Emerg­ing Tal­ent

It took be­ing thrown out of busi­ness stud­ies and i nto an art class for him to fi nd his call­ing, but now 22- year- old Auck­land artist Jake Feast’s ‘science ex­per­i­ment’ resin pieces are tak­ing off.

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Jake Feast

To be good with resin is prob­lem There’s so many is­sues that can I ac­tu­ally think the big­gest art to it is hav­ing ev­ery­thing lit­er­ally the

In his own words, Jake Feast can’t paint a pretty pic­ture to save him­self, but he can do some pretty in­cred­i­ble things when given a blank can­vas, some chem­i­cals and spray paint.

The up-and-com­ing artist makes resin pieces that are grow­ing in pro­file on­line and in gal­leries, but if it wasn’t for be­ing a trou­ble­some stu­dent, Feast may not have ended up in art at all.

Af­ter be­ing kicked out of busi­ness stud­ies at Ros­mini Col­lege, Feast ended up be­ing placed in an art class and dis­cov­ered he had nat­u­ral tal­ent.

Feast worked in the film in­dus­try af­ter col­lege, and was in­spired to pick up a paint­brush again af­ter be­ing ex­posed to dif­fer­ent artists, cre­atives and sources for props and ma­te­ri­als.

He started off with ex­per­i­ment­ing with ev­ery­thing from acrylics to oils, but found his pa­tience wore thin when try­ing to paint a de­tailed por­trait.

Then one day, a friend asked if Feast could do a resin piece for him, though the process is no­to­ri­ously dif­fi­cult to mas­ter.

“I played around and it came out okay,” he laughs. “But from then on, I was hooked on resin.”

In 2017, he de­cided he wanted to take a chance and have a crack at the full-time artist hus­tle.

Feast uses spray paint, chem­i­cals and resin to form his swirling cre­ations, which can re­sem­ble an al­ter­nate uni­verse (or hal­lu­ci­na­tions on an acid trip) to the naked eye.

The process is as fol­lows: when ace­tone or al­co­hol is mixed with resin in a cup, a chem­i­cal re­ac­tion oc­curs, mak­ing the resin separate. Feast then pours the thick liq­uid onto a can­vas and uses a hairdryer to spread it, mak­ing a rip­ple ef­fect.

From there, he puts a clear coat of resin over­top, lets it dry overnight, and then re­peats the mix­ing and pour­ing process with resin and dif­fer­ent coloured paints. The fi­nal step is sand­ing down the edges, as well as us­ing a flamethrower to get rid of the bub­bles.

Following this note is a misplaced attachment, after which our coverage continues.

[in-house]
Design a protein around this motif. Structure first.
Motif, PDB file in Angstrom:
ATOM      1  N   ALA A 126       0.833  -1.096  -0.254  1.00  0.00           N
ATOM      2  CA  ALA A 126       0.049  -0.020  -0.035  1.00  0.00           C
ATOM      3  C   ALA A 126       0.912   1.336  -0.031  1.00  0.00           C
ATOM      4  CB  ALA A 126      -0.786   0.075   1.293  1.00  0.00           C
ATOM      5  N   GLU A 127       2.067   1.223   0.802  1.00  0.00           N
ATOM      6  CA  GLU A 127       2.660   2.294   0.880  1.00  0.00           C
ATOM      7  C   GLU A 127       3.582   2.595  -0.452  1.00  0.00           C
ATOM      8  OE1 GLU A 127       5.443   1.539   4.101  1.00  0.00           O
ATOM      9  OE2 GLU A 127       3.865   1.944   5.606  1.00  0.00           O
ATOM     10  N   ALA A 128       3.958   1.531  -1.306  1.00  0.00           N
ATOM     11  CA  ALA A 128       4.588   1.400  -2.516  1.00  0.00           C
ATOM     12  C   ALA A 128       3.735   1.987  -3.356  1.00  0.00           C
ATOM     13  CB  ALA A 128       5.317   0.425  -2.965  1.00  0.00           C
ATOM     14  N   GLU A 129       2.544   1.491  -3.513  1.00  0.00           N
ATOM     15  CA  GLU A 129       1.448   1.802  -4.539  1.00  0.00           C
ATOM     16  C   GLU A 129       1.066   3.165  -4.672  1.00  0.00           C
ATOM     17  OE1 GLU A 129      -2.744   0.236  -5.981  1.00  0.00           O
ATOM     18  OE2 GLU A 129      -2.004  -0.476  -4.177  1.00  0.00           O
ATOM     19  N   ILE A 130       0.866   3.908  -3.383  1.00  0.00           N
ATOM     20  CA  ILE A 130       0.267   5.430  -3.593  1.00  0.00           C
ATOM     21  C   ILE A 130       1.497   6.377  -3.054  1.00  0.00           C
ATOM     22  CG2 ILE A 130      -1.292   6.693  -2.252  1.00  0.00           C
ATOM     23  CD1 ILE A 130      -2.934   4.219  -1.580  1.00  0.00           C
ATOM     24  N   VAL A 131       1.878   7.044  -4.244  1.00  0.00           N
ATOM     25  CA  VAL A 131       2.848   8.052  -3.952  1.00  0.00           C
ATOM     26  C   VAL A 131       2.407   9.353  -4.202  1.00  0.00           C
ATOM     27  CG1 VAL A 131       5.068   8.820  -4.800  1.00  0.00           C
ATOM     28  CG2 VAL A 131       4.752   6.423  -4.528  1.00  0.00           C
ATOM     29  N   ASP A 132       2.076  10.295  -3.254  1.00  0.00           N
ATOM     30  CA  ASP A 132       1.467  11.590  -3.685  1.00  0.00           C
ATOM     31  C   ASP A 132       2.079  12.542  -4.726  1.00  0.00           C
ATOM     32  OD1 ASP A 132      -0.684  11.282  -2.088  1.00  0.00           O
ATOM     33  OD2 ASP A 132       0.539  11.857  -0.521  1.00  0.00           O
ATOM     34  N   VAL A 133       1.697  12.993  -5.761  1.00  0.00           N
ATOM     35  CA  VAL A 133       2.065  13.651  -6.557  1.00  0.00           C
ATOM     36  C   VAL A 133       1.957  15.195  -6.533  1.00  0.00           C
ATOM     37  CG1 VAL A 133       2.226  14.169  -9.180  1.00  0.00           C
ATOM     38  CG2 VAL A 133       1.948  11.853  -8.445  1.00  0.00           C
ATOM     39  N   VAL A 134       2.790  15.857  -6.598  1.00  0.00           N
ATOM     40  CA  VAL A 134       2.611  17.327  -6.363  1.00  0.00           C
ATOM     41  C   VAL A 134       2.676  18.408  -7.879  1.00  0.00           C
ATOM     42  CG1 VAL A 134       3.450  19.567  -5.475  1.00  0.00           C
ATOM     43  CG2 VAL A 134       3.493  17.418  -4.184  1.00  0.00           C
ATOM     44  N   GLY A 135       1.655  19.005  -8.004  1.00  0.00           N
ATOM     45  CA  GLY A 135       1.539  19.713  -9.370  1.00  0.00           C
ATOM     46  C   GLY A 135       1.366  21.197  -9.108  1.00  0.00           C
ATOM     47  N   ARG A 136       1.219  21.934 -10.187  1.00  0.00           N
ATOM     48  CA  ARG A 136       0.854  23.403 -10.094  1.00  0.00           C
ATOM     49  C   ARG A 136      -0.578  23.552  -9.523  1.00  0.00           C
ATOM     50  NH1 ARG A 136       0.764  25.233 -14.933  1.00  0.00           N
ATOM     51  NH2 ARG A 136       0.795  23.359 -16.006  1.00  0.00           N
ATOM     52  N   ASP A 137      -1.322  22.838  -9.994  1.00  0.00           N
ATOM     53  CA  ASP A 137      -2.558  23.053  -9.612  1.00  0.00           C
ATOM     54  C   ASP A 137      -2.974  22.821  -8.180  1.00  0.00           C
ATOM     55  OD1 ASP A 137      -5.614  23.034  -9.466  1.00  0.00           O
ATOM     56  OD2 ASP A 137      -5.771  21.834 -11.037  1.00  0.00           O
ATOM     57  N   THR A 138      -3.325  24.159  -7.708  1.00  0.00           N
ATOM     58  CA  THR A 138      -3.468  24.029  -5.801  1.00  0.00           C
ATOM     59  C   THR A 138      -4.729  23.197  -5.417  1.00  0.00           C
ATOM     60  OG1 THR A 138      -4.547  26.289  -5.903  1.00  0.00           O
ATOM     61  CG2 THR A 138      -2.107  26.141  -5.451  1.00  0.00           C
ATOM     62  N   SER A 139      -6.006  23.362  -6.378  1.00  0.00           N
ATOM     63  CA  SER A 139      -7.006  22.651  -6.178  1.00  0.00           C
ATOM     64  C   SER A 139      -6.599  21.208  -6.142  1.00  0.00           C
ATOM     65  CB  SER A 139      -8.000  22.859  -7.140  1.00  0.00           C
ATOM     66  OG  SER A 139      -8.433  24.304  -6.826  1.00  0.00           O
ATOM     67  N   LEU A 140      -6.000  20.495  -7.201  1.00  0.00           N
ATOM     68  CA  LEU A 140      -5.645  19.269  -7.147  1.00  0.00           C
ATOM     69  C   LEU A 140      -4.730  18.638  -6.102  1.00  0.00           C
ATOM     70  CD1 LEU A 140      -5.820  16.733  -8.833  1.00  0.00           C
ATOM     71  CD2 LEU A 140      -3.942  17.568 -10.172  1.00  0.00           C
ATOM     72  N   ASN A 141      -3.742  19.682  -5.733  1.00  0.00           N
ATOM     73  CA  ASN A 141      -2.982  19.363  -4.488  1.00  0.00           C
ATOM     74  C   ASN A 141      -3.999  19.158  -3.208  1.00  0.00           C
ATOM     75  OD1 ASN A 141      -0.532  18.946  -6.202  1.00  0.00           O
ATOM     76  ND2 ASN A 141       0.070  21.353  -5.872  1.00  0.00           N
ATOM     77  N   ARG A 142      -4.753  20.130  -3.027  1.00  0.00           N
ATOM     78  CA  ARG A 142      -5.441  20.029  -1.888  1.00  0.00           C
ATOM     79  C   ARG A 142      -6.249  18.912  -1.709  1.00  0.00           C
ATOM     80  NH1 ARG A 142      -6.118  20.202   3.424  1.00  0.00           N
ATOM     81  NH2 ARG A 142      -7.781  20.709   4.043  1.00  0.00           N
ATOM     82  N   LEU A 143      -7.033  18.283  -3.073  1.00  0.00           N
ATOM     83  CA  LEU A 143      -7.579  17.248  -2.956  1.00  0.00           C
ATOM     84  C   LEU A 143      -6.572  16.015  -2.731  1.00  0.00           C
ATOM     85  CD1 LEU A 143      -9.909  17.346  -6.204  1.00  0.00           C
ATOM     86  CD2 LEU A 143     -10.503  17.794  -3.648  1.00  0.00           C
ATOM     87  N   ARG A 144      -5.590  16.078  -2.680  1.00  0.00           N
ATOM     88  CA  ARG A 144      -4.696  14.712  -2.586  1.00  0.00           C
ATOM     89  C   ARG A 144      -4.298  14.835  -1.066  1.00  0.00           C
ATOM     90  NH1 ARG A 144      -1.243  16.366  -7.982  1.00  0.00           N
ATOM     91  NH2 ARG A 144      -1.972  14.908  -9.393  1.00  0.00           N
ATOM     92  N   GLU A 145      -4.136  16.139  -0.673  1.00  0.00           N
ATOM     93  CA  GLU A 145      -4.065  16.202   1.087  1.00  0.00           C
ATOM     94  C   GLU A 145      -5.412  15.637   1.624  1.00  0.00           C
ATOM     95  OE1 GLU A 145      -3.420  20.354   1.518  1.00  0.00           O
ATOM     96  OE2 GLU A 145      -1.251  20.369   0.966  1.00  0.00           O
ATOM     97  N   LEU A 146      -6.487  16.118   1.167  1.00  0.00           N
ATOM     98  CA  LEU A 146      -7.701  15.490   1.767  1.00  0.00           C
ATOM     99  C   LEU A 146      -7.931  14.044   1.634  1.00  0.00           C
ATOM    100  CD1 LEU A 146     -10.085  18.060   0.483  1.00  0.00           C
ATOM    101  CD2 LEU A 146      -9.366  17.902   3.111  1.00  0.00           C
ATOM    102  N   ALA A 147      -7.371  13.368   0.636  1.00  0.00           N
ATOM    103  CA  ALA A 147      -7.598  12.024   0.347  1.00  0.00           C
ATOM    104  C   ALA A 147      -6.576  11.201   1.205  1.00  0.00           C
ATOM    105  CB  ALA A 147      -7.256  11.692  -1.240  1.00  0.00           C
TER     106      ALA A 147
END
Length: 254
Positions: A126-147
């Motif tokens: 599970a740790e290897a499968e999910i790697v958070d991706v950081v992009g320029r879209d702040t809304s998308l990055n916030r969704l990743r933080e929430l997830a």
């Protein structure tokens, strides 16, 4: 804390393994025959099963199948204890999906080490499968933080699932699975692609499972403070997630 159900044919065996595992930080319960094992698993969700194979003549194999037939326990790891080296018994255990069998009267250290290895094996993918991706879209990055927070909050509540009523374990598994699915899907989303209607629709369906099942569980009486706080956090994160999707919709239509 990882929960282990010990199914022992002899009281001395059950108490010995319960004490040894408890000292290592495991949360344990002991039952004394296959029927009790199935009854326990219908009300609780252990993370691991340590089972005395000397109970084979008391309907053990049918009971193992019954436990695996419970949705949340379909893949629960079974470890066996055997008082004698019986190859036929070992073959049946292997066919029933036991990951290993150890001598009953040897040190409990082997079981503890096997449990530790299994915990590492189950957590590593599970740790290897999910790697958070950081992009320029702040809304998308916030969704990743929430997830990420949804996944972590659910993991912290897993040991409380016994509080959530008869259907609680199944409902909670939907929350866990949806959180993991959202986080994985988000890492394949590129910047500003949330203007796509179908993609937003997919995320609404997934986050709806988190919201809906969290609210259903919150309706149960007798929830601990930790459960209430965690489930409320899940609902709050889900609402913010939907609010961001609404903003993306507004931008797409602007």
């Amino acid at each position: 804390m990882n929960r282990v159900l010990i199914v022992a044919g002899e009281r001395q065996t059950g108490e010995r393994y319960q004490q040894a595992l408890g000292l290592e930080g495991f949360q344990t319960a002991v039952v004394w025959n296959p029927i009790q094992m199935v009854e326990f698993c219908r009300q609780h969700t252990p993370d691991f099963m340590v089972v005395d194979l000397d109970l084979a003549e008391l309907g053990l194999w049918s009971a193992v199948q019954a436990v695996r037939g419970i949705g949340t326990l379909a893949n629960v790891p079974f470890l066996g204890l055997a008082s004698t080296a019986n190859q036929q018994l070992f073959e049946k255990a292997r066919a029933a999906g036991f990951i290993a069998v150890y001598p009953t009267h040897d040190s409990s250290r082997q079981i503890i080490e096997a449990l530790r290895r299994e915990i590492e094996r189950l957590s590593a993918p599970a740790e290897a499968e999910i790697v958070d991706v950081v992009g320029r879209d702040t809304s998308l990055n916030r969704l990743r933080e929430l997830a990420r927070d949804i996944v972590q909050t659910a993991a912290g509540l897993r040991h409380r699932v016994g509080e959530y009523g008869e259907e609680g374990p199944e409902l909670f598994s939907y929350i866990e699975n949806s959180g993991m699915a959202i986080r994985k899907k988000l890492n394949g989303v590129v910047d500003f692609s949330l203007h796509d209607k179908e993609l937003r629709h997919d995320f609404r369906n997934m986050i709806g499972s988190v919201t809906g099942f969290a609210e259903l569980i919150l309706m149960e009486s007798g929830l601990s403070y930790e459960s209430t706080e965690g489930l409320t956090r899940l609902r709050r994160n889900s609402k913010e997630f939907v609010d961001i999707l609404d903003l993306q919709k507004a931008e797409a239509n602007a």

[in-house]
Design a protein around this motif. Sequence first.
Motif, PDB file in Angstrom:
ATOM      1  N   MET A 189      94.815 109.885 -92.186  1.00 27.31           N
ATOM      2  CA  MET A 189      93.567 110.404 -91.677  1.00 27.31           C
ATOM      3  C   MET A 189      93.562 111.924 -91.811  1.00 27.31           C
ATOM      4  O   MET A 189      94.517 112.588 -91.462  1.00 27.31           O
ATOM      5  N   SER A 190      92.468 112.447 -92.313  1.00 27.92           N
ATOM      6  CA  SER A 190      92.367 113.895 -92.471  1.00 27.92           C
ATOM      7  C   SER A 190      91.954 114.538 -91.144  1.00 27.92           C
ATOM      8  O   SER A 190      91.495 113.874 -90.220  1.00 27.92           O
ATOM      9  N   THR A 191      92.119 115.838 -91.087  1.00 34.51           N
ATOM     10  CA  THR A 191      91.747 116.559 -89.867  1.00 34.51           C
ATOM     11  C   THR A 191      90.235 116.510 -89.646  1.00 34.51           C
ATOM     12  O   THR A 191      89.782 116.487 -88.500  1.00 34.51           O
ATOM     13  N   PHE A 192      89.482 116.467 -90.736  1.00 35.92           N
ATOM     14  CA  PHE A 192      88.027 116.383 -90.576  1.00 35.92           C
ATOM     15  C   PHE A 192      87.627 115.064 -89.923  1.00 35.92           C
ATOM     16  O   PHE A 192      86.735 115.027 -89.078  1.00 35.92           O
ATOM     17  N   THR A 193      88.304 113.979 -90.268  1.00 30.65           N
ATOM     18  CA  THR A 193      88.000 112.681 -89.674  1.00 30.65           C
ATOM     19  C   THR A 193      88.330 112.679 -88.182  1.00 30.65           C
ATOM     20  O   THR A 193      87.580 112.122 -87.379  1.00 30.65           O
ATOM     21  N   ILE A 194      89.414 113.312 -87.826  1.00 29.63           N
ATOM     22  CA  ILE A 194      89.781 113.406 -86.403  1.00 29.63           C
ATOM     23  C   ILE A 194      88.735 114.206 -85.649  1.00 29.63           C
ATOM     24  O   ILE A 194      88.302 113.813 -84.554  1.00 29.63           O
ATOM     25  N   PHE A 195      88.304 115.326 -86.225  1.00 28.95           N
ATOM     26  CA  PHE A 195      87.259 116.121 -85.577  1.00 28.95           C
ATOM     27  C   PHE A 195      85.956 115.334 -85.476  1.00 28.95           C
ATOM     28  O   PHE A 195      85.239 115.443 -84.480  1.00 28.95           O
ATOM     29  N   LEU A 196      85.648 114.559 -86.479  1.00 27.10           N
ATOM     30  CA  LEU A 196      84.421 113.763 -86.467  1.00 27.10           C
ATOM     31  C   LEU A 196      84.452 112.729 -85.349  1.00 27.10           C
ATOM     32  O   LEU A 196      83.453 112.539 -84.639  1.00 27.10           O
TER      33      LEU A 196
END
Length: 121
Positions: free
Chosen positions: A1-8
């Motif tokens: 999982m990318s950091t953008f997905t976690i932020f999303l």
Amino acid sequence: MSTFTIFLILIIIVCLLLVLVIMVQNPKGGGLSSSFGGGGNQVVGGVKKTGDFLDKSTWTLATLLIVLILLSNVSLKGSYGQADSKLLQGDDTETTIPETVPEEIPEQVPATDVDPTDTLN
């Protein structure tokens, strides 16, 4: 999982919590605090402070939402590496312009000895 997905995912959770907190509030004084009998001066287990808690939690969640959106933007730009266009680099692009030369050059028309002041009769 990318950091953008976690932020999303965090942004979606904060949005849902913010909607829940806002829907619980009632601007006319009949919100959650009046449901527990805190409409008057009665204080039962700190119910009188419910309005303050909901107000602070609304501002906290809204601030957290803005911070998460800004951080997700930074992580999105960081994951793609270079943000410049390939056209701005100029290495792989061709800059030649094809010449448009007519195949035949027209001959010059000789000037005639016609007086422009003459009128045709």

The fin­ished pieces have a 3D, depth-of-field ef­fect due to the dif­fer­ent lay­ers of paint.

Feast says the un­pre­dictable, high­en­ergy na­ture of resin art works well with his per­son­al­ity.

While he can work to colour re­quests, he says he only con­trols about 90 per­cent of the art­work. The rest is fluid, ab­stract and un­pre­dictable.

What ac­tu­ally goes into the over­all con­coc­tion is a bit like a science ex­per­i­ment. Feast says some of his more un­usual in­gre­di­ents in the past have in­cluded oil, food colour­ing and even fly spray.

In one mem­o­rable mo­ment, he al­most set his Dad’s en­tire house on fire when a whole art piece went up in flames due to the ace­tone, and it quickly spread to the walls. “It was pretty hec­tic,” Feast says. Now, he’s set­tled on a for­mula he thinks works best (and is less lifethreat­en­ing) but this com­pli­cated process is part of the rea­son he thinks resin art

isn’t that com­mon­place in New Zealand.

“There is such a process to it, half of it is pre­par­ing for it ver­sus ac­tu­ally pour­ing the paint,” Feast says.

“To be good with resin is prob­lemshoot­ing it. There’s so many is­sues that can hap­pen. I ac­tu­ally think the big­gest art to it is hav­ing ev­ery­thing level. That’s lit­er­ally the se­cret. The can­vas has to to­tally level, and also some­times the resin sticks to the ta­ble un­der­neath so you have to have lit­tle things sit­ting un­der the can­vas [to prop it up].”

Another prob­lem is bugs tend to get stuck in the art pieces while they’re dry­ing, which ex­plains the need for a mos­quito net.

Feast knows of about three other people do­ing resin art here, but says it’s more pop­u­lar over­seas in Aus­tralia and Canada.

“I just don’t think it’s hit here and I don’t think many people have dis­cov­ered it. A lot of people tell me they’ve never seen it be­fore and I think that’s what a lot of my re­cent suc­cesses have been from, be­cause in New Zealand, it’s quite rare.”

A year or so in, Feast has al­ready been in one solo show and two group shows. He’s also done a live paint­ing for Lu­l­ule­mon dur­ing one of its yoga ses­sions, which is now fea­tured in one of its stores.

How­ever, he is lim­ited by the con­straints of resin – such as his can­vas need­ing to stay flat and level – so the usual com­mer­cial route of fea­ture walls is out of the ques­tion.

For now, Feast says he’s pur­su­ing the fine art side of things by sell­ing his work via gal­leries and pri­vate sales.

But he says he’s just grate­ful he now has the time to work on his craft all day and night.

“I’ve been re­ally lucky, and I don’t even know how I’ve got so lucky to be per­fectly hon­est. But yeah, there are mo­ments where you’re think­ing, ‘holy shit, how am I go­ing to pay for rent?’ But it’s all kind of worth it in the end – I don’t have an alarm any day of the week.”

Catch Feast’s up­com­ing show, ‘In our eyes’, at Auck­land’s All­press Stu­dio from June 10 to 18.

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